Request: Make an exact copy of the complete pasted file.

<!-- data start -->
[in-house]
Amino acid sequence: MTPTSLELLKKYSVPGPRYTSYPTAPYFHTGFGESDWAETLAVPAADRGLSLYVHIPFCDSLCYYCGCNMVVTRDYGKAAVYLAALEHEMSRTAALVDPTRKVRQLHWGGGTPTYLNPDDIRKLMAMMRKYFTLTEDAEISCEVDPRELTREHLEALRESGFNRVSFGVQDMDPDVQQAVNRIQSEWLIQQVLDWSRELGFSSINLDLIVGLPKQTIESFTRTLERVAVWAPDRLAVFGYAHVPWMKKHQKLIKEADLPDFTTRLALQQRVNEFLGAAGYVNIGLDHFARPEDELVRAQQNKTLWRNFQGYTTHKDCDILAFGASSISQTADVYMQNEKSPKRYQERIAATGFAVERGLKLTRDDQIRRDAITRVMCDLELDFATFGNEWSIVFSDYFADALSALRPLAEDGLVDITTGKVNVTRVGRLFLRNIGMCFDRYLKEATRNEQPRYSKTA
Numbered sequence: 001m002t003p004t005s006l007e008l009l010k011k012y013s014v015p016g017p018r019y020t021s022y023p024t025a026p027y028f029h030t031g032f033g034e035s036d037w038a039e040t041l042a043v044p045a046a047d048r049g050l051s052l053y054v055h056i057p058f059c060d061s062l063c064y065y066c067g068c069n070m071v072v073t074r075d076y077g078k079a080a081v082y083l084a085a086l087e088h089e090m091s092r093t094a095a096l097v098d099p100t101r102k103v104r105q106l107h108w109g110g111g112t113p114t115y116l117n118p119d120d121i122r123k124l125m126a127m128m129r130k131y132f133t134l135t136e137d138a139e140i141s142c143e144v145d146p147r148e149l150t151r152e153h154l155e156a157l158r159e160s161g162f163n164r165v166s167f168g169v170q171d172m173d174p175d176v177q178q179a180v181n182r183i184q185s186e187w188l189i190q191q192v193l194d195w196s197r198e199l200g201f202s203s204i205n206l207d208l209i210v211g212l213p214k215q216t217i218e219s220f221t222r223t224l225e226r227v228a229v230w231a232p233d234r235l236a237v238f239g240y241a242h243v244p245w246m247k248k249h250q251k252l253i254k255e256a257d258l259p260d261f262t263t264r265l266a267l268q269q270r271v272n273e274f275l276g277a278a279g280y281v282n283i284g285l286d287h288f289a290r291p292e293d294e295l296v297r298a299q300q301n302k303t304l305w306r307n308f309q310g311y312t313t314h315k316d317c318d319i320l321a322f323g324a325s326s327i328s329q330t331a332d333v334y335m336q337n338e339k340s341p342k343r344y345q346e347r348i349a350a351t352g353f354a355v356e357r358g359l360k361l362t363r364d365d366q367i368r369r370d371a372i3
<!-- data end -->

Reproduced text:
[in-house]
Amino acid sequence: MTPTSLELLKKYSVPGPRYTSYPTAPYFHTGFGESDWAETLAVPAADRGLSLYVHIPFCDSLCYYCGCNMVVTRDYGKAAVYLAALEHEMSRTAALVDPTRKVRQLHWGGGTPTYLNPDDIRKLMAMMRKYFTLTEDAEISCEVDPRELTREHLEALRESGFNRVSFGVQDMDPDVQQAVNRIQSEWLIQQVLDWSRELGFSSINLDLIVGLPKQTIESFTRTLERVAVWAPDRLAVFGYAHVPWMKKHQKLIKEADLPDFTTRLALQQRVNEFLGAAGYVNIGLDHFARPEDELVRAQQNKTLWRNFQGYTTHKDCDILAFGASSISQTADVYMQNEKSPKRYQERIAATGFAVERGLKLTRDDQIRRDAITRVMCDLELDFATFGNEWSIVFSDYFADALSALRPLAEDGLVDITTGKVNVTRVGRLFLRNIGMCFDRYLKEATRNEQPRYSKTA
Numbered sequence: 001m002t003p004t005s006l007e008l009l010k011k012y013s014v015p016g017p018r019y020t021s022y023p024t025a026p027y028f029h030t031g032f033g034e035s036d037w038a039e040t041l042a043v044p045a046a047d048r049g050l051s052l053y054v055h056i057p058f059c060d061s062l063c064y065y066c067g068c069n070m071v072v073t074r075d076y077g078k079a080a081v082y083l084a085a086l087e088h089e090m091s092r093t094a095a096l097v098d099p100t101r102k103v104r105q106l107h108w109g110g111g112t113p114t115y116l117n118p119d120d121i122r123k124l125m126a127m128m129r130k131y132f133t134l135t136e137d138a139e140i141s142c143e144v145d146p147r148e149l150t151r152e153h154l155e156a157l158r159e160s161g162f163n164r165v166s167f168g169v170q171d172m173d174p175d176v177q178q179a180v181n182r183i184q185s186e187w188l189i190q191q192v193l194d195w196s197r198e199l200g201f202s203s204i205n206l207d208l209i210v211g212l213p214k215q216t217i218e219s220f221t222r223t224l225e226r227v228a229v230w231a232p233d234r235l236a237v238f239g240y241a242h243v244p245w246m247k248k249h250q251k252l253i254k255e256a257d258l259p260d261f262t263t264r265l266a267l268q269q270r271v272n273e274f275l276g277a278a279g280y281v282n283i284g285l286d287h288f289a290r291p292e293d294e295l296v297r298a299q300q301n302k303t304l305w306r307n308f309q310g311y312t313t314h315k316d317c318d319i320l321a322f323g324a325s326s327i328s329q330t331a332d333v334y335m336q337n338e339k340s341p342k343r344y345q346e347r348i349a350a351t352g353f354a355v356e357r358g359l360k361l362t363r364d365d366q367i368r369r370d371a372i3